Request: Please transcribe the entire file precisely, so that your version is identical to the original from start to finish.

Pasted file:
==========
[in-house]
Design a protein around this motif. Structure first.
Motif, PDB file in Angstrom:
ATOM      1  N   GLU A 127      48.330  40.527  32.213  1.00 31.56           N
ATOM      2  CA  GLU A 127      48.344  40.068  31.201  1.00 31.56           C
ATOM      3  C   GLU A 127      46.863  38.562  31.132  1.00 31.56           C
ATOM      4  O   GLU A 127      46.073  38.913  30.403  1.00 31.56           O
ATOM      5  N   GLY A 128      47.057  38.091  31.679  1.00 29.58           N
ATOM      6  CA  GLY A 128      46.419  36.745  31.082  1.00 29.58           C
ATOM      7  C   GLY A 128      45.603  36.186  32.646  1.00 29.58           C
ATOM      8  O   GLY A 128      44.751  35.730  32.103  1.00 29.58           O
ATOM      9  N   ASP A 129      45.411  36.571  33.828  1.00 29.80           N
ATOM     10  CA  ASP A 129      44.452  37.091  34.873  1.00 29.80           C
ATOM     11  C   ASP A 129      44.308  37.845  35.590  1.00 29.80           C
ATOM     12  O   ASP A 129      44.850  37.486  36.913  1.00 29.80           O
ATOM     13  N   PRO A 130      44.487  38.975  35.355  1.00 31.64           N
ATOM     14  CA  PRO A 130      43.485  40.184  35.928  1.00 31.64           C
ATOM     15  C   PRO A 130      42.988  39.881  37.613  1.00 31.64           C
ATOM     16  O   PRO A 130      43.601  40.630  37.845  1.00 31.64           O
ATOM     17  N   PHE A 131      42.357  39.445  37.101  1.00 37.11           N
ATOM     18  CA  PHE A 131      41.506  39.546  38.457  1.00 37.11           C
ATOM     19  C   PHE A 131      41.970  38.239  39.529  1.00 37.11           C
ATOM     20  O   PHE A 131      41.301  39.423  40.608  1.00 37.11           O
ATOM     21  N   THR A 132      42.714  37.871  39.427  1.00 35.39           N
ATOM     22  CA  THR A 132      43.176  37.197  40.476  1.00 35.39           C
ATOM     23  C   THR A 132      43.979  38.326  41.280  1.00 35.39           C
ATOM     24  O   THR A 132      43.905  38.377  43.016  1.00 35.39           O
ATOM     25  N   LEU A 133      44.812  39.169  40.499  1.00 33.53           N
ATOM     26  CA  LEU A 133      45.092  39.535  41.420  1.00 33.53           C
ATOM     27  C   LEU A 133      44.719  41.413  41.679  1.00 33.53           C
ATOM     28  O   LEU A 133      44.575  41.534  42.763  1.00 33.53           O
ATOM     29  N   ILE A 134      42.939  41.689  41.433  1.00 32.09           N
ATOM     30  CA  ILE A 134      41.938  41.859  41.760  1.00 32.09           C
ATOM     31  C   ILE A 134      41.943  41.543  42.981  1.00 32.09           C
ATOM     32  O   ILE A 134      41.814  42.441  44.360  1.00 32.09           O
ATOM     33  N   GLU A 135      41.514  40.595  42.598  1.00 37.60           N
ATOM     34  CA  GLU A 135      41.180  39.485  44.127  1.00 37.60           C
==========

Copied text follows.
[in-house]
Design a protein around this motif. Structure first.
Motif, PDB file in Angstrom:
ATOM      1  N   GLU A 127      48.330  40.527  32.213  1.00 31.56           N
ATOM      2  CA  GLU A 127      48.344  40.068  31.201  1.00 31.56           C
ATOM      3  C   GLU A 127      46.863  38.562  31.132  1.00 31.56           C
ATOM      4  O   GLU A 127      46.073  38.913  30.403  1.00 31.56           O
ATOM      5  N   GLY A 128      47.057  38.091  31.679  1.00 29.58           N
ATOM      6  CA  GLY A 128      46.419  36.745  31.082  1.00 29.58           C
ATOM      7  C   GLY A 128      45.603  36.186  32.646  1.00 29.58           C
ATOM      8  O   GLY A 128      44.751  35.730  32.103  1.00 29.58           O
ATOM      9  N   ASP A 129      45.411  36.571  33.828  1.00 29.80           N
ATOM     10  CA  ASP A 129      44.452  37.091  34.873  1.00 29.80           C
ATOM     11  C   ASP A 129      44.308  37.845  35.590  1.00 29.80           C
ATOM     12  O   ASP A 129      44.850  37.486  36.913  1.00 29.80           O
ATOM     13  N   PRO A 130      44.487  38.975  35.355  1.00 31.64           N
ATOM     14  CA  PRO A 130      43.485  40.184  35.928  1.00 31.64           C
ATOM     15  C   PRO A 130      42.988  39.881  37.613  1.00 31.64           C
ATOM     16  O   PRO A 130      43.601  40.630  37.845  1.00 31.64           O
ATOM     17  N   PHE A 131      42.357  39.445  37.101  1.00 37.11           N
ATOM     18  CA  PHE A 131      41.506  39.546  38.457  1.00 37.11           C
ATOM     19  C   PHE A 131      41.970  38.239  39.529  1.00 37.11           C
ATOM     20  O   PHE A 131      41.301  39.423  40.608  1.00 37.11           O
ATOM     21  N   THR A 132      42.714  37.871  39.427  1.00 35.39           N
ATOM     22  CA  THR A 132      43.176  37.197  40.476  1.00 35.39           C
ATOM     23  C   THR A 132      43.979  38.326  41.280  1.00 35.39           C
ATOM     24  O   THR A 132      43.905  38.377  43.016  1.00 35.39           O
ATOM     25  N   LEU A 133      44.812  39.169  40.499  1.00 33.53           N
ATOM     26  CA  LEU A 133      45.092  39.535  41.420  1.00 33.53           C
ATOM     27  C   LEU A 133      44.719  41.413  41.679  1.00 33.53           C
ATOM     28  O   LEU A 133      44.575  41.534  42.763  1.00 33.53           O
ATOM     29  N   ILE A 134      42.939  41.689  41.433  1.00 32.09           N
ATOM     30  CA  ILE A 134      41.938  41.859  41.760  1.00 32.09           C
ATOM     31  C   ILE A 134      41.943  41.543  42.981  1.00 32.09           C
ATOM     32  O   ILE A 134      41.814  42.441  44.360  1.00 32.09           O
ATOM     33  N   GLU A 135      41.514  40.595  42.598  1.00 37.60           N
ATOM     34  CA  GLU A 135      41.180  39.485  44.127  1.00 37.60           C